The princely state, which was ruled by tribal kings for about 500 years, joined the Indian Union in 1949.

“If the Centre is not in agreement with our demand, then Prime Minister Narendra Modi or Union Home Minister Amit Shah should give us an alternative solution in writing and we will discuss it with the people of our community.

“However, the Centre is neither responding to our demand nor inviting us for dialogue. It can negotiate with groups that took to arms but not with us as we are agitating peacefully,” he said.

Anti-incumbency coupled with frustration among the tribals as well as the re-emergence of CPI(M) and Congress in the political horizon of the state has already set warning bells ringing in the ruling BJP camp. Its chief minister was as a consequence replaced last year with an eye on this year’s polls.

The Bharatiya Janata Party (BJP), which swept the 2018 assembly elections riding on voters looking for a change as well benefiting from a division of votes between Congress and its tribal ally IPFT in tribal areas and managed to end the 25 years Marxist rule in the state, is consequentially extremely keen on getting the former royal on their side and is believed to have sent out several feelers to him and his close aides.

The CPIM and Congress which have agreed on an electoral alliance, have also reached out to Tipra Motha party.

The problem with agreeing to `Greater Tipraland’ demand for the mainstream parties is two-fold- Firstly, part of the areas which the somewhat vague call envisages are in other states and even other countries including in Bangladesh and Myanmar. Secondly agreeing to it will create yet another micro-state and risk alienating the Bengalis of Tripura as well as Cachar in Assam who have been BJP loyalists in recent elections.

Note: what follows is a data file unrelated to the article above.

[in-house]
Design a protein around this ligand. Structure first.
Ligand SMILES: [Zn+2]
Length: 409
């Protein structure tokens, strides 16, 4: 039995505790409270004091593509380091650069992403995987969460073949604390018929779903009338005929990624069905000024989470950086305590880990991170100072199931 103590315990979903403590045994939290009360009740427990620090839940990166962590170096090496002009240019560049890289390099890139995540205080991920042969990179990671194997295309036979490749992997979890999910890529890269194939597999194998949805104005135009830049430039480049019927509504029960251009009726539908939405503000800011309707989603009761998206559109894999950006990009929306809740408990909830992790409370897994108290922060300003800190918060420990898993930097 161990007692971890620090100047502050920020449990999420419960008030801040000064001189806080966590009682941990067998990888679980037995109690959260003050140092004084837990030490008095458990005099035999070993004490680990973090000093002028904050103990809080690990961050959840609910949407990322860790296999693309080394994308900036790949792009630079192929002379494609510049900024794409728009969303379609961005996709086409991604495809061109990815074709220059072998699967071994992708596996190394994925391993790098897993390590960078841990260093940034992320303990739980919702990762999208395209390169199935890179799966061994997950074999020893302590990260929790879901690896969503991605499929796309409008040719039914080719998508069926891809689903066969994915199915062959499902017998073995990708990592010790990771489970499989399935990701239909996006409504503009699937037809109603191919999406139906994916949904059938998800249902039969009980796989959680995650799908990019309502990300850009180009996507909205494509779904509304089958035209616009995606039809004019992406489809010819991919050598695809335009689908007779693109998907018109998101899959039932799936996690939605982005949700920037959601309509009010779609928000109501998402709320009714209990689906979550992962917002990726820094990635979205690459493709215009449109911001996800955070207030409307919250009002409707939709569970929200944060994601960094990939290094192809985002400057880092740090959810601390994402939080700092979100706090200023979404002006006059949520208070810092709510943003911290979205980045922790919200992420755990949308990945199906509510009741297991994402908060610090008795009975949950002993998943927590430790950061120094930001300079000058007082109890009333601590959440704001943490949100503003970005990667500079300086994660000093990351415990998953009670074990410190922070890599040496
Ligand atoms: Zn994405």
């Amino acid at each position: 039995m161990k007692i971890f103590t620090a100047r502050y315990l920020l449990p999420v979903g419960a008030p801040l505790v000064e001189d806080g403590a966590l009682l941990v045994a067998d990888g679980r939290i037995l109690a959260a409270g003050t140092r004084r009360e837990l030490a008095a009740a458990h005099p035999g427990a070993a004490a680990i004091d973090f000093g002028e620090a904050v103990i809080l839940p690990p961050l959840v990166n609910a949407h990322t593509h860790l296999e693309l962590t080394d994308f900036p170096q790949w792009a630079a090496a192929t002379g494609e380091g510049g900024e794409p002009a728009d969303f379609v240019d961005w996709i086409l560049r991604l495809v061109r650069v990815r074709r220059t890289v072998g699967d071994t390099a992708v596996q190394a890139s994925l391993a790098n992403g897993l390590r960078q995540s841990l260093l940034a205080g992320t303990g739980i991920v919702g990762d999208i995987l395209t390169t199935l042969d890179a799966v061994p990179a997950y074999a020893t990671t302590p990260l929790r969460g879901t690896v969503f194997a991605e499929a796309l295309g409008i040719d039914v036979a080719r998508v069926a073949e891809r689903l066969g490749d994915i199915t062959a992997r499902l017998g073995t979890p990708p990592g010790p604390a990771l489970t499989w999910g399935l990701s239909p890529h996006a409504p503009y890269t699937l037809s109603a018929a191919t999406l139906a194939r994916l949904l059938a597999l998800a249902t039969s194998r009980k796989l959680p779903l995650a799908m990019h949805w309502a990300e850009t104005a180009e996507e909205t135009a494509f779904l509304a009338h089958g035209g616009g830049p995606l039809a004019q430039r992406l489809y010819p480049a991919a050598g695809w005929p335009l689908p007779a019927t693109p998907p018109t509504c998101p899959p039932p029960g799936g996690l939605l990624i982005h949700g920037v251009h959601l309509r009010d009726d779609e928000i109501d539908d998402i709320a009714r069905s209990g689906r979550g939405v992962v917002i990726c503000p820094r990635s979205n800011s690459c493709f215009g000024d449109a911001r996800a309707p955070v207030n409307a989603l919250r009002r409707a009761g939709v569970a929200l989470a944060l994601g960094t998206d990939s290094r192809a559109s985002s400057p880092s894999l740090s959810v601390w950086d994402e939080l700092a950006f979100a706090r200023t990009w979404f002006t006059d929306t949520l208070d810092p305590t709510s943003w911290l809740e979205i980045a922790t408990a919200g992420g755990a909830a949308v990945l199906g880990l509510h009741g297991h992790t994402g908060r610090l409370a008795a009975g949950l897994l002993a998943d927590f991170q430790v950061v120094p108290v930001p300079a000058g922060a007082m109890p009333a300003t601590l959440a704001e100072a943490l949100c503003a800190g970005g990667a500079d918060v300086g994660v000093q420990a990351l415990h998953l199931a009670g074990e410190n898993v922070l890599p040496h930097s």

“The CPI-M and Congress alliance too discussed possibilities of alliance with Tipra Motha to ensure their victory. But no party or alliance can forge alliance with them conceding to their demand because it would impact majority Bengali vote bank”, said political analyst Sekhar Datta.

Prominent BJP leader and MP Reabati Tripura is however confident of the Saffron party’s victory.
“We have a strong organization among the tribal population and in the last tribal council elections we won in 10 seats out of 28. Now we have further consolidated our organization. We expect that we would win in at least 14 tribal reserve seats out of 20. But our leaders do not want to take any risk about victory, so they have held talks with TIPRA Motha”, he told PTI.

Tipra Motha spokesperson, Anthony Debbarma however made it clear in an interview with PTI, “We cannot backtrack from our demand for a separate state because we are also committed to our people.
When the PM or the Home Minister can talk to those who took up arms, why can’t they call us for discussion? If the government of India has any alternative proposal for a constitutional solution of our problem then they can tell us”.

He reasoned that a hung assembly was a distinct possibility and in that case his party “would emerge as the decisive factor” and may well be the Trump card in the game of politics in thi corner of India.